I think the ambition given not perfect alignment of faces and tendency even when clamped for movement to occur and then the odd blow to develop is to find a magical compound that will flex with the movement and not set rock solid at high exhaust temps. It may exist but I have never found it. It did find some Silicon Sealant that was rated at 700C and thought it might be good enough to seal frayed wrap, and fill a few holes in the wrap, left the engine idling not long after first start up, fortunately out of the garage and with the bonnet open, returned after 5 mins to find flames rising from the manifold wrap as the silicon gave of gasses and ignited, fortunately extinguisher to hand and no damage (the wrap doesn't burn).

 

The best solution to the exhaust manifold problem I have found so far is apply lots of heavy moly grease to the gasket, and keep checking the clamp bolts, I would find even during and event that they would take and extra 1/8 - 1/4 turn.

 

Alan

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Dave

 

As well as using RevingtonTR improved manifold gasket, I think they also recommend 'Heldite' sealing compound when fitting the gasket. It will seal against steam and gases so must be resistant to high temperatures and doesn't go hard.

 

Rob

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Thanks all for the replies.

 

I have never used sealant in the past, but suspect that the standard manifold is a little more forgiving than a tubular one. I think I will try with the standard gasket that I have, perhaps with a graphite or copper grease. If I have a problem I will try something else.

 

Interesting thought about ensuring greater flexibility elsewhere.

 

Dave.

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The simple answer to leaking manifolds has always been to insert a length of flexible pipe, usually immediately after the confluence of long primaries (as in tubular manifold), or after the downpipe fitted to short primaries (as in cast manifold).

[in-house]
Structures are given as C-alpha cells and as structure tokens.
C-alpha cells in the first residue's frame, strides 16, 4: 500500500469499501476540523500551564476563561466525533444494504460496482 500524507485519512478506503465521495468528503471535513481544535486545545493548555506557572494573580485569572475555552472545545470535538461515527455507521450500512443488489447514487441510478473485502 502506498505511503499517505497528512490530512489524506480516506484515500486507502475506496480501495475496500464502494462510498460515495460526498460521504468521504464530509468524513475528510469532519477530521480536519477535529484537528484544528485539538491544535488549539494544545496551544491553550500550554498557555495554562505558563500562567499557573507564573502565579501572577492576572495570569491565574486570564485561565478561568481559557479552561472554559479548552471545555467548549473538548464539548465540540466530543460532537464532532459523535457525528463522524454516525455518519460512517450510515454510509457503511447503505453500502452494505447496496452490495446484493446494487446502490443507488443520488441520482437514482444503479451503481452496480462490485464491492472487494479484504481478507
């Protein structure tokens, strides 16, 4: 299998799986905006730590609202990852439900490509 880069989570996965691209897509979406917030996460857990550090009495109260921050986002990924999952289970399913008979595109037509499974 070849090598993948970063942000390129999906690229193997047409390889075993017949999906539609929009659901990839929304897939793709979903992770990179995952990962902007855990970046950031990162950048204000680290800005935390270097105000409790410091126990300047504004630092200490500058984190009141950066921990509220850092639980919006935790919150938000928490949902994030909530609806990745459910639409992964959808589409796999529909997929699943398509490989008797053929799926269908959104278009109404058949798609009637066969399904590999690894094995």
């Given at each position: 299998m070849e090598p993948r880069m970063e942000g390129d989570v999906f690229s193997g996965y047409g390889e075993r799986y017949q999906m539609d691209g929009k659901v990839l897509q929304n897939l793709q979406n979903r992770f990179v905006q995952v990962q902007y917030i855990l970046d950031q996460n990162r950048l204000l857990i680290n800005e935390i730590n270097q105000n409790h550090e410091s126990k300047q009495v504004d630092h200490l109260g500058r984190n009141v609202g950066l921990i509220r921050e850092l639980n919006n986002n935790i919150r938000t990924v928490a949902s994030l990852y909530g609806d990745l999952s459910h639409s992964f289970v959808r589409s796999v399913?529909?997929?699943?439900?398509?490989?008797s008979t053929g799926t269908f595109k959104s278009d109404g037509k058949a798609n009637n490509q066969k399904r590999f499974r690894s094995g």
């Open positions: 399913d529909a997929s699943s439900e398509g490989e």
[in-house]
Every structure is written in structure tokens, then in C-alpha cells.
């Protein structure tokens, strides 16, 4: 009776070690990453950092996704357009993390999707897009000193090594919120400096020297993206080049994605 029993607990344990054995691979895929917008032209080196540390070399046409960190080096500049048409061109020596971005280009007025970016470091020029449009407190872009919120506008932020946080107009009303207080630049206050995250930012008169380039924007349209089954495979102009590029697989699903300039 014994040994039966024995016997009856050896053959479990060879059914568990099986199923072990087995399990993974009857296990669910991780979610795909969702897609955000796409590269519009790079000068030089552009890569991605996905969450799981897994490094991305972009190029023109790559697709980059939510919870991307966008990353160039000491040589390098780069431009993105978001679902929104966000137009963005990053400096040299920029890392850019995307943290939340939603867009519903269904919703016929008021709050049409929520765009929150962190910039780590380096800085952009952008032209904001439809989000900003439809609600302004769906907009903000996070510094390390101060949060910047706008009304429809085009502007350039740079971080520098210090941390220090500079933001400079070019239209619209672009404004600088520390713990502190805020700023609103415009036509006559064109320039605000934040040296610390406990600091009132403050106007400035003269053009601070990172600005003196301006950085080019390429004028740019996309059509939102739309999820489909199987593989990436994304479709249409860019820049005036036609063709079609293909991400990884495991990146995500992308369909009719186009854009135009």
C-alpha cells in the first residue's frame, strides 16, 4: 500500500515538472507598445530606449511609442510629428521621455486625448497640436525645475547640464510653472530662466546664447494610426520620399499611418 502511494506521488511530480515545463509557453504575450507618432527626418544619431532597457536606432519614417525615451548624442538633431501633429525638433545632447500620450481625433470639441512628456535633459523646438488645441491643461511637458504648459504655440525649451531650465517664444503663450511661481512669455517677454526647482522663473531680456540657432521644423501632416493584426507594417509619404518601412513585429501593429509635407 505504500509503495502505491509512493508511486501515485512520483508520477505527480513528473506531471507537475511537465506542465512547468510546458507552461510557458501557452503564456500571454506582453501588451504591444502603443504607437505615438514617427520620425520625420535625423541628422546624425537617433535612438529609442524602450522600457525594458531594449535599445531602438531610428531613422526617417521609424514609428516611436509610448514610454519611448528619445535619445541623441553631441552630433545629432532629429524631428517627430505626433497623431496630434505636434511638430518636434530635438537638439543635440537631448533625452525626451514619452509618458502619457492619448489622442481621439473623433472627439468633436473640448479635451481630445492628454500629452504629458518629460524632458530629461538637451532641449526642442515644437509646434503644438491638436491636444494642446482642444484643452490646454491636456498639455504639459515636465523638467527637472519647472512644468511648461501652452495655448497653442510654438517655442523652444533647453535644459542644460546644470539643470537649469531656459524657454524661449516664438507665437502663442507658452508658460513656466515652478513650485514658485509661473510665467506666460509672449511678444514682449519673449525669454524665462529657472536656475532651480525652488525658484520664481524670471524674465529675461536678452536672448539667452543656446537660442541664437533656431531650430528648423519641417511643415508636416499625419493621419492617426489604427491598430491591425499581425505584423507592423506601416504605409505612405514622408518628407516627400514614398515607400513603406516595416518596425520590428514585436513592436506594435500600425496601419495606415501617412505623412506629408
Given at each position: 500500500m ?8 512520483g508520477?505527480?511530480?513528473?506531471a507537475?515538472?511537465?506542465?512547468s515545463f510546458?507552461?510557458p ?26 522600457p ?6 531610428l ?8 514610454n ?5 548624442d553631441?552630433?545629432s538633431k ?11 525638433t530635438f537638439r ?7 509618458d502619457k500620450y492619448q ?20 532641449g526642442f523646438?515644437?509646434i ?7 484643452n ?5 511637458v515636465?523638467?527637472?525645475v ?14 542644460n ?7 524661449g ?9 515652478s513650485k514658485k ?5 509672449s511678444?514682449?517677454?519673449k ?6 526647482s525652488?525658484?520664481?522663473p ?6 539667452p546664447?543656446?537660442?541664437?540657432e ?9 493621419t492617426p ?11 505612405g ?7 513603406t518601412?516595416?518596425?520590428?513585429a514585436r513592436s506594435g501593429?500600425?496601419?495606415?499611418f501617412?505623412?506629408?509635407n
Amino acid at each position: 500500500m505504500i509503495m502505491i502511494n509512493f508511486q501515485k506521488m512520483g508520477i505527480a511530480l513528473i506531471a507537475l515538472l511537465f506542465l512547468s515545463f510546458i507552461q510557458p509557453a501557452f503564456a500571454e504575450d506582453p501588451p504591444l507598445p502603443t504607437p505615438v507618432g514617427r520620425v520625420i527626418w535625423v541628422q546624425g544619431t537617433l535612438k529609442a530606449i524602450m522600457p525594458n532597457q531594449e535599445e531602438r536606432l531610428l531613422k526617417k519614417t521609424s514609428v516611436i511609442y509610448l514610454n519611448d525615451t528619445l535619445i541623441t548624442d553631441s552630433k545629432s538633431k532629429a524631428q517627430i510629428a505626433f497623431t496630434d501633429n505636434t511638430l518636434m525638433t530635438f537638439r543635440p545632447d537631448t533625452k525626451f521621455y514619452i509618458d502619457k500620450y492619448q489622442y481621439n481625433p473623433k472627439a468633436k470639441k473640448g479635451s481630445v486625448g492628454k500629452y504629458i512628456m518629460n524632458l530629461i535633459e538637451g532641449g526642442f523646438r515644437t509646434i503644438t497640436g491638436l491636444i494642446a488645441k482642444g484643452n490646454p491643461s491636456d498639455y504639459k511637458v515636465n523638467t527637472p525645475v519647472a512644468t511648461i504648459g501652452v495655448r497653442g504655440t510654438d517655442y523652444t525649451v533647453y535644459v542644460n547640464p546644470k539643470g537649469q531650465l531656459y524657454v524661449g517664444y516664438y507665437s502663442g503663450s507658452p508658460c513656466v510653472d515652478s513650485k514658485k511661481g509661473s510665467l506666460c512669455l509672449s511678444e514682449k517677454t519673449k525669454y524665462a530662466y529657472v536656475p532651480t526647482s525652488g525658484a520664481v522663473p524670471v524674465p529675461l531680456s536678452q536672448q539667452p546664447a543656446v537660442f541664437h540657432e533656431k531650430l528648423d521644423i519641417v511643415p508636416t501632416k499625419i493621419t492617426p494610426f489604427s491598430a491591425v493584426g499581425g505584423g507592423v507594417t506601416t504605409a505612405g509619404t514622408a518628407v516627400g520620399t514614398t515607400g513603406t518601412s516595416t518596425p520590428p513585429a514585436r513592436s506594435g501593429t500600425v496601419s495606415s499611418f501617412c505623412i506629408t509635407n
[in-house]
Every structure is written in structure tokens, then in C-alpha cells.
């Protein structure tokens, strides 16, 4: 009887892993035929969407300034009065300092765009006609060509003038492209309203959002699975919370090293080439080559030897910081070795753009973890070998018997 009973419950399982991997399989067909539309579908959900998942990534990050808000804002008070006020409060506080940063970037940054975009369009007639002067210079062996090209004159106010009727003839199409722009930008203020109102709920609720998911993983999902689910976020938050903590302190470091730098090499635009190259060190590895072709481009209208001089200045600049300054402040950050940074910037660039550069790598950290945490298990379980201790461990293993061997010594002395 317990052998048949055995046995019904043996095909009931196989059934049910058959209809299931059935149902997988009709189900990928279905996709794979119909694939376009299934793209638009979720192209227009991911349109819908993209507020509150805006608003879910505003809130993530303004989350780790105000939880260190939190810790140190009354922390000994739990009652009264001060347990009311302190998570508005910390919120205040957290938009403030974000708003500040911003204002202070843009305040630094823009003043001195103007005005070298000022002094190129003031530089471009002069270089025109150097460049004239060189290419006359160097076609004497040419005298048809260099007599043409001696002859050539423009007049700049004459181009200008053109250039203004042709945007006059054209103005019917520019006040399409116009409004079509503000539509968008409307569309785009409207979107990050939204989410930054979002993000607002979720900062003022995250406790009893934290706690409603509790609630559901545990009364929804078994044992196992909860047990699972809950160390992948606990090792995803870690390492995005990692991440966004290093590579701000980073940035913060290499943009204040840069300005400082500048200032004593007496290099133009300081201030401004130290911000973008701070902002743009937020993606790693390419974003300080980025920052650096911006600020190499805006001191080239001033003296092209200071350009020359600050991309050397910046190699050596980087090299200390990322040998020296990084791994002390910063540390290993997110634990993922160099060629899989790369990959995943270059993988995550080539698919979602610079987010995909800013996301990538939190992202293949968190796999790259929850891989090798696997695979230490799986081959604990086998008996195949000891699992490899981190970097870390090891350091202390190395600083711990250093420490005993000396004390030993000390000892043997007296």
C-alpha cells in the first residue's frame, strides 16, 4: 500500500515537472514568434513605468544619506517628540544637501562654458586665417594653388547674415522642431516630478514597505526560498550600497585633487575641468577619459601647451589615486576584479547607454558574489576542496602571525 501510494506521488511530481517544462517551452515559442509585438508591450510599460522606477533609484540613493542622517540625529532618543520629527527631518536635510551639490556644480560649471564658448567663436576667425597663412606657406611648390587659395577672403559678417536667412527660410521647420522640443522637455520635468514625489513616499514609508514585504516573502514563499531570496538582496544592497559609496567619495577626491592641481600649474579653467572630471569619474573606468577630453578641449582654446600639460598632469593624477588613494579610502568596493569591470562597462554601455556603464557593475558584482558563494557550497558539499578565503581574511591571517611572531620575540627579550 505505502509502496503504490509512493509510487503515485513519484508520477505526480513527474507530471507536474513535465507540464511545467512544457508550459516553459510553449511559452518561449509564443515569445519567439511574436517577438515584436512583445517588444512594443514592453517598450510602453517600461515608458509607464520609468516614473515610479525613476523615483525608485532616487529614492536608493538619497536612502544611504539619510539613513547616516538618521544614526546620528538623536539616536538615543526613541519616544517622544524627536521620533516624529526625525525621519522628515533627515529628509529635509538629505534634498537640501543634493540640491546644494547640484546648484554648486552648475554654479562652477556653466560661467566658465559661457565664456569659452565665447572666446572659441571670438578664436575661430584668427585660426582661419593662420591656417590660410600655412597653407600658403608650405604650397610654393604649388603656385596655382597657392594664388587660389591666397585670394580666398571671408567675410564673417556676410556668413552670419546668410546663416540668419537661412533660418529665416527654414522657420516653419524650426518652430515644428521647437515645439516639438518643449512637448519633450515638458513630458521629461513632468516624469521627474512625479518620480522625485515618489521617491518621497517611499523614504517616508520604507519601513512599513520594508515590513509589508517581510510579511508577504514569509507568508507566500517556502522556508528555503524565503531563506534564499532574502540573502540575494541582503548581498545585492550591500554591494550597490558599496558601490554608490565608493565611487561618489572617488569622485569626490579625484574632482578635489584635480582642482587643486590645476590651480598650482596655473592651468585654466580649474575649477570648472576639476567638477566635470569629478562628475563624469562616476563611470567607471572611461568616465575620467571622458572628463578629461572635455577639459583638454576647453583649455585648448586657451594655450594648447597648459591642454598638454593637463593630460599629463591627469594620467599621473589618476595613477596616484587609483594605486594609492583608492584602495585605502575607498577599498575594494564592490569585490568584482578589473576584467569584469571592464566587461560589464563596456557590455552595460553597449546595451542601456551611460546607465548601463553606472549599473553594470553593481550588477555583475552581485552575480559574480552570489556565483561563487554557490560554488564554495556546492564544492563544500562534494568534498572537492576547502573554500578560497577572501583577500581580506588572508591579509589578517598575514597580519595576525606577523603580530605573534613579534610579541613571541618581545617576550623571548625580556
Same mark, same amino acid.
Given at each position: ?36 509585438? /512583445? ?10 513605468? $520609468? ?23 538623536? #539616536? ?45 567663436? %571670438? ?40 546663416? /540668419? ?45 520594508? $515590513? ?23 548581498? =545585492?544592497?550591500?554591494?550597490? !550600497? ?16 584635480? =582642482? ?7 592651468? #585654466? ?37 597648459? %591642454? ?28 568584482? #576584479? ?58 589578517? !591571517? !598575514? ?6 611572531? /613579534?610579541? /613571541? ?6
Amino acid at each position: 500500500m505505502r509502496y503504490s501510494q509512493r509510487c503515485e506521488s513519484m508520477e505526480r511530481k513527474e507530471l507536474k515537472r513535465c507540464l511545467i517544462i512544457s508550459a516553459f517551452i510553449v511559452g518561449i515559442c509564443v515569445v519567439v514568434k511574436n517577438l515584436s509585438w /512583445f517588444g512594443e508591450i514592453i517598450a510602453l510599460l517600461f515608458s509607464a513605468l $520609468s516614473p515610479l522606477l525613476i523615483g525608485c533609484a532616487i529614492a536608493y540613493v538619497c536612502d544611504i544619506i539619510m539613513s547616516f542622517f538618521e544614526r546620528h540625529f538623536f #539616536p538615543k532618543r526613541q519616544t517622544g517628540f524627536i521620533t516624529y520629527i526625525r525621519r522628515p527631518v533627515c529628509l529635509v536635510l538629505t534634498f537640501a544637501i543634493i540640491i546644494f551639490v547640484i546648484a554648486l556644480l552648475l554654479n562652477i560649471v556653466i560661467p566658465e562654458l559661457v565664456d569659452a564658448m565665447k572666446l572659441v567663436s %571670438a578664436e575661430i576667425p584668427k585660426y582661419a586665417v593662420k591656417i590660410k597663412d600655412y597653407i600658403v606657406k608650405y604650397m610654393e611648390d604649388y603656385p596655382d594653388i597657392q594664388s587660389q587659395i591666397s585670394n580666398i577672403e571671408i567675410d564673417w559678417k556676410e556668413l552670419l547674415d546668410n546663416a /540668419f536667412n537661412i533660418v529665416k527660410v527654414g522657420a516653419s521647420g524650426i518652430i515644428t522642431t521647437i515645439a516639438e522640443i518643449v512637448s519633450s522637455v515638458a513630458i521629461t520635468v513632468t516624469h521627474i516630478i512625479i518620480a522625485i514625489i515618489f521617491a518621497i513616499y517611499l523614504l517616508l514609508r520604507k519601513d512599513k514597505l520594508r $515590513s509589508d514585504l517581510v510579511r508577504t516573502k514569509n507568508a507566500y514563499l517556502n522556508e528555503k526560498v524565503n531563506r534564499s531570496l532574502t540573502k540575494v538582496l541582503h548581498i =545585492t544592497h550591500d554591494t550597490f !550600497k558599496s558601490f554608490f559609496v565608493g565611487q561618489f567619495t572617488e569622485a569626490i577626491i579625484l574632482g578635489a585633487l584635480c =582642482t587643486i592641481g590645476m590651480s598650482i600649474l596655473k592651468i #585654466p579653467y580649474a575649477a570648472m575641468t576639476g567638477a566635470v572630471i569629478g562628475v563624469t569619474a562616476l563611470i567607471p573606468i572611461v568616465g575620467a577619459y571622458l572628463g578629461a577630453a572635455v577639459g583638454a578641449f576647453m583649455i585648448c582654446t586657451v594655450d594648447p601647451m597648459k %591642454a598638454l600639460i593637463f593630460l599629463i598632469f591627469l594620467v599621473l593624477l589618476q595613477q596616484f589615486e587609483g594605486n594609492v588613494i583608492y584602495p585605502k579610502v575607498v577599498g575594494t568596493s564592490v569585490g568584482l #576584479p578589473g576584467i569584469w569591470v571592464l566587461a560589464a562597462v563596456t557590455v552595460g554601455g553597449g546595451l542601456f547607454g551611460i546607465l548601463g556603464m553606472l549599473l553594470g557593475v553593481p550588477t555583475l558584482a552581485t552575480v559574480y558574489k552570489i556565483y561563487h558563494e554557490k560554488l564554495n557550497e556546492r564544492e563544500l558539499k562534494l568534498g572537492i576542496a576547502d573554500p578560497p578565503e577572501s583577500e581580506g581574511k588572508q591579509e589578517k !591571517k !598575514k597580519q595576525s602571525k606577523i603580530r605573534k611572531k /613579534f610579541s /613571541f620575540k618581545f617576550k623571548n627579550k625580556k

The important factor is to get this flexible section fairly well forward, as in forward of any exhaust mount to the rear of the bell housing . . . . assuming we're talking of a conventional RWD set-up as opposed to a transverse engine. This way the manifold and/or downpipe are free to move with the engine, and pretty much insulated from whatever movement might be caused to the remainder of the exhaust system by the vehicle's motion.

 

The choice of flexi pipe is endless . . . . and not expensive . . . .

 

see ebay link, for example . . . . https://www.ebay.co.uk/sch/i.html?_from=R40&_trksid=p2380057.m570.l1313.TR9.TRC2.A0.H0.Xflexible+exhaust.TRS0&_nkw=flexible+exhaust&_sacat=0

 

Cheers

 

Alec

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Hi Alec,

Good thought.

The standard exhaust (in mild steel) does not have an expansion joint.

I can imagine converting the exhaust to SS contributes to the issues of leaking gaskets.

A mild steel system expands at 1.2 mm/m/100 degrees C, so at say 400 degr. C will expand 4.8 mm/m.

An austenitic SS (like 304) will expand at 1.8 mm/m /100 degrees C so at 400C this equals 7.2 mm.

This will put quite a bit of force on the systems fixed points. The exhaust manifold is one of them.

Regards,

Waldi

Edited by Waldi

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I have a mild steel SAH/TriumphTune 4-branch manifold bought in the days when they were built to a higher standard than would appear nowadays and have had no leakage problems (hope that doesn't jinx it). Just over a year ago, I replaced the ancient Falcon stainless steel exhaust system (rattling baffles finally got to me!) with a single box TriumphTune system with standard (rigid) fittings and so far, so good.

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Hi J'all

Use high temp silicone - orange stuff: use it on my race engine

The head and the manifold - especially the thick bit to which the tubes are attached never get that hot because of the heat sink effect of the head

Just get the manifold as flat as possible coat both sides with high temp silicone and let it go off for 15 mins then bolt it up

If you want pressure resistance then use Wurth motor sealant but it is not generally necessary

Michael Hunter